GW Health Promotion and Education understands the importance of sexual health in overall wellbeing. We are committed to providing comprehensive sexual health resources to our entire campus community.
We are constantly looking to improve our resources. If you have suggestions as to how we can improve this website, please fill out our feedback form below:
Sexual wellbeing is about more than just the act of having sex. Emotional, physical, spiritual, cultural, environmental, and social health all play a role in overall sexual wellbeing, and everyone’s sexual wellbeing looks different. No matter where you’re coming from, we are here to support you.
The resources listed on this page are not emergency services. If you are in need of immediate assistance, call 9-1-1 or GW Emergency Services (202-994-6111).
- Freely given - Consenting is a choice you make without pressure or manipulation
- Reversible - Anyone can change their mind at any time, no matter what
- Informed - You can only consent to something if you have the full story
- Enthusiastic - You should only do things you WANT to do, not things you feel you're expected to do
- Specific - Saying yes to one thing (like going to the bedroom to make out) doesn't mean you've said yes to other things (like having sex)
- Not possible if someone in inebriated or under the legal age of consent (which is 16 in DC)
*** This definition is adapted from Planned Parenthood's Sexual Consent website.
As the dedicated confidential support resource, OAS is the ideal initial touchpoint for all survivors of intimate violence, especially those who are unsure of what next steps they would like to take.
The Title IX Office is committed to fairly and equitably responding to reports of sexual harassment, sexual assault, domestic and dating violence, and stalking.
Email: [email protected]
24/7 Sexual Assault and Intimate Violence (SAIV) Helpline (202-994-7222)
Getting yourself tested is a normal and healthy part of being sexually active.
Students can get in-person STI/HIV testing at the Student Health Center. Make an appointment online or call (202) 994-5300 during normal business hours.
Check out these community resources for free walk-in and at-home STI/HIV testing!
Free at-home or walk-in STI/HIV testing available for DC residents.
The GMHW Sexual Health Clinic offers free HIV and STI testing appointments to everyone in the community.
STI treatment is also available here!
Free at-home HIV, STI, and PrEP panel tests. Kits are mailed to you in 1-3 business days in discrete packaging.
A search tool to find free, fast, and confidential STI/HIV testing near you.
Who should get tested for STIs/HIV?
If you are sexually active, you should get tested! By age 24, half of all sexually active people will get an STI, and most won't know because they won't have any symptoms. Testing is the only way to know for sure whether or not you have an STI.
If you use it, test it! Almost all STIs that spread through penis-vagina sex can be spread through oral and anal sex. No matter what kind of sex you're having, it's recommended to get tested at least once a year. If you have sex with multiple partners, or don't use condoms/barriers every time you have sex, then you may want to get tested more frequently.
Everyone's specific STI/HIV testing needs are different, so talk to your healthcare provider about the most appropriate testing for you!
I Tested Positive, Now What?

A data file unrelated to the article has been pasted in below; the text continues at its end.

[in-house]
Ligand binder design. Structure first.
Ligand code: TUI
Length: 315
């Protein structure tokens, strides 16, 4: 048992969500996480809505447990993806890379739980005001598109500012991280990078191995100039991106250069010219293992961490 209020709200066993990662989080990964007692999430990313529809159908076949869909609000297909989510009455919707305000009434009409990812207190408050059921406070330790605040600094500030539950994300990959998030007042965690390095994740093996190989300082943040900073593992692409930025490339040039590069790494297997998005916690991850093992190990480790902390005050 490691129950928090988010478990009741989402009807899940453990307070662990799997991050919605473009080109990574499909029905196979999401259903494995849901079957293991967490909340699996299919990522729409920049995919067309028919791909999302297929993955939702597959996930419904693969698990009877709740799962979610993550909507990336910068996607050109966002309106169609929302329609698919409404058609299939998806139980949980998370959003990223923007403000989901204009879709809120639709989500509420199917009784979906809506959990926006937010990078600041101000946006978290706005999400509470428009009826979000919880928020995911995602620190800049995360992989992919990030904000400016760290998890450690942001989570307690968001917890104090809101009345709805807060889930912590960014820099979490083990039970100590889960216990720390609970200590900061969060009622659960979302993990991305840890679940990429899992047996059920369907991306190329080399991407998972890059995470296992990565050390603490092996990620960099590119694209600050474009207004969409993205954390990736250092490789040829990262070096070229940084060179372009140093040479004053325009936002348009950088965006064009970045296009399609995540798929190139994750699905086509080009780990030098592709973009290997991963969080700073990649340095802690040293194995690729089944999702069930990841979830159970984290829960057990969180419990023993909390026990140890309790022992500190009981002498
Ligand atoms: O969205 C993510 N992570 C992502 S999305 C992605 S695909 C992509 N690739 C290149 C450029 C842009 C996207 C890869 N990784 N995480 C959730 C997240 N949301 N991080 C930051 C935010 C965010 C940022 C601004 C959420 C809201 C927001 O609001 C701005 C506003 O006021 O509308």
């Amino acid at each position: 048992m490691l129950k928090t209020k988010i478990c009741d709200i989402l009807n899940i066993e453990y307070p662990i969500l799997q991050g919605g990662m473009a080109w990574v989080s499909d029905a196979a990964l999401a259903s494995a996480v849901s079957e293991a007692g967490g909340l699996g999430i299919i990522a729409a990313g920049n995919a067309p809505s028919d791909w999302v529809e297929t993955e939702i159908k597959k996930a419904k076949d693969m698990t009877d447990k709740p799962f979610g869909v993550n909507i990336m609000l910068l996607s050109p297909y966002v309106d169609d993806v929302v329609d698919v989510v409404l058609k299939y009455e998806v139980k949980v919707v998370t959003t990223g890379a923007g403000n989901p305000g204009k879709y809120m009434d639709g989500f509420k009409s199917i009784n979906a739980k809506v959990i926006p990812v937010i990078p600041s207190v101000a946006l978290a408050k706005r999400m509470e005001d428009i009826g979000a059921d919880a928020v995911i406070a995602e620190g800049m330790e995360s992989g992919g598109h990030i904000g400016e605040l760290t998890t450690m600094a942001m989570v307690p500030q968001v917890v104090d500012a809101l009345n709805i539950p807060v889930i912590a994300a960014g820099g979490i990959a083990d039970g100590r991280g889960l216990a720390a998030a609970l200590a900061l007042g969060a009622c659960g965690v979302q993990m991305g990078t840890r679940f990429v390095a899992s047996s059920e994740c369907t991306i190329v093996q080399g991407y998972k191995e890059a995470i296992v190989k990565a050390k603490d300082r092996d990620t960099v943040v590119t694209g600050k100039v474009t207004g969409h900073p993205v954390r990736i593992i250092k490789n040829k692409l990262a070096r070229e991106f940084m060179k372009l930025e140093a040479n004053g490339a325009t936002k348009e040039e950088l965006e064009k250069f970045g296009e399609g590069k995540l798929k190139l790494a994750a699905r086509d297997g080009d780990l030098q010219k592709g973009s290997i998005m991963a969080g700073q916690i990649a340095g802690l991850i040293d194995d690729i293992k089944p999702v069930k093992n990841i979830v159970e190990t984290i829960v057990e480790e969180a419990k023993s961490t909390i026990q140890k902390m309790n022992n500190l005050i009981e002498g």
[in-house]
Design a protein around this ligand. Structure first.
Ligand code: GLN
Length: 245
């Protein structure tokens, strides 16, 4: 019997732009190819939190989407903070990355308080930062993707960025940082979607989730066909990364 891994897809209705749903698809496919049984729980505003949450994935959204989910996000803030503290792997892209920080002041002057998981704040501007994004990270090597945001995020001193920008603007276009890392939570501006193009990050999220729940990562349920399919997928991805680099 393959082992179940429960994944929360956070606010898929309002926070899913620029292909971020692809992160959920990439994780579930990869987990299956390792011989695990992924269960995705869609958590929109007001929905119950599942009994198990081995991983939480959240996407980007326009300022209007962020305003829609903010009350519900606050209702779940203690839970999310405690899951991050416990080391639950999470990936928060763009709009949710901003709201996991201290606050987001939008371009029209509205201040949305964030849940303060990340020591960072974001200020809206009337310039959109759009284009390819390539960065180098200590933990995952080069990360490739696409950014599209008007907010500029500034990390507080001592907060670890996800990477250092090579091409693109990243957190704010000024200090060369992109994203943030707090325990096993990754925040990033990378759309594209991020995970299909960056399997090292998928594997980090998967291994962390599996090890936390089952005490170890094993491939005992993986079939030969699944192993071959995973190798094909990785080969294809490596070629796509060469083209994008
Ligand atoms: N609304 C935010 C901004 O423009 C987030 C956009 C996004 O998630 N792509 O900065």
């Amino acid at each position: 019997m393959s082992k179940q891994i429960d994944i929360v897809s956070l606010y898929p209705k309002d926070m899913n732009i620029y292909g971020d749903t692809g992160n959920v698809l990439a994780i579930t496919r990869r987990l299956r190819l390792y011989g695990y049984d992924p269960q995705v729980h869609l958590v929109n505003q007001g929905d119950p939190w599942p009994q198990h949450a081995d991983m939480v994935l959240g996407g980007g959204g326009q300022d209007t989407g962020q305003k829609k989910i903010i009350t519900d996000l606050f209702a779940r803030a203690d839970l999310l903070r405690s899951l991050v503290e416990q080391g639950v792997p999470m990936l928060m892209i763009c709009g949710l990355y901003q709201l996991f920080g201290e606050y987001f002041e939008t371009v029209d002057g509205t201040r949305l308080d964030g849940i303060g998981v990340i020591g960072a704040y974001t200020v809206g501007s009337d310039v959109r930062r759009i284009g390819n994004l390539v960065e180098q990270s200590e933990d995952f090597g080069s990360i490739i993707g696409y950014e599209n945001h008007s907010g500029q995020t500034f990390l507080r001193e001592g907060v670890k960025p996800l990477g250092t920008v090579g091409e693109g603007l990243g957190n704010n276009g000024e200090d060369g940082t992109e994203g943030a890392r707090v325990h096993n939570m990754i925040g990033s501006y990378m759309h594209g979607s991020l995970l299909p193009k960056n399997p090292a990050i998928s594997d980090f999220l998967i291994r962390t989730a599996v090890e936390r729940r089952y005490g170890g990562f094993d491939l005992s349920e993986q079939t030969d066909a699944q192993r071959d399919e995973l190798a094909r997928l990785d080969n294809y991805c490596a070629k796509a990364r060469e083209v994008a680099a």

A positive result on an STI test can feel overwhelming. If you need support, GW Counseling & Psychological Services (CAPS) is a safe, judgement-free and confidential resource. CAPS offers both in-person and virtual walk-in sessions daily between 12pm and 4pm. To connect with a clinician, visit the Student Health Center or call (202) 994-5300.
Know that your STI/HIV status does not define you. All STIs, including HIV are treatable, and many are curable! After a positive test, talk with your healthcare provider to discuss a treatment plan that's right for you.
On-Campus Treatment Options:
Located on the Ground Floor of the University Student Center, the SHC provides high quality medical care to all GW students
Located on 2150 Pennsylvania Avenue NW, GW MFA provides comprehensive care while honoring your autonomy
Click here to learn more about the GW Student Health Insurance Plan
Off-Campus Free/Low-Cost Treatment Options:
Multiple locations. Book an appointment online or call
Multiple locations. Book an appointment online or call
77 P St NE, Washington, DC 20002
(202) 741 7692
Check out these resources to learn more:
- Condoms / Safer Sex Products
Free safer sex products are available in the Student Support Center, located on the Ground Floor of the University Student Center next to the Student Health Center, during normal business hours.
If you are an on-campus organization or department interested in providing safer sex products to your students, click here!
Sexual barriers include external condoms, internal condoms, dental dams, and capes. When used correctly, sexual barriers can protect against STIs/HIV and can prevent pregnancy.
Never use a condom more than once! No barrier method is reusable.
Pick ONE -- using more than one condom at once can cause both methods to tear and be ineffective.
Don't store condoms in places with lots of friction or heat (e.g., wallet, car dashboard)
Condoms expire! Each condom has an expiration date printed on the package. Condoms past their expiration are more likely to tear during use.
External condoms are placed over an erect penis or sex toy. They typically come in latex or non-latex options like polyurethane or polyisoprene. Natural membrane condoms also exist (e.g., lambskin), but natural membrane condoms do not protect against STIs/HIV.
A note on language: While some brands label their products as "male condoms," we maintain the term "external condoms" because not all folks who use them identify as male.
Not one size fits all! The most effective external condom is the one that fits correctly. Condoms come in many different sizes, so feel free to experiment with different types so you can find the size that works for you!
Did you know? External condoms come in lots of different textures, flavors, and styles that can make sex more pleasurable!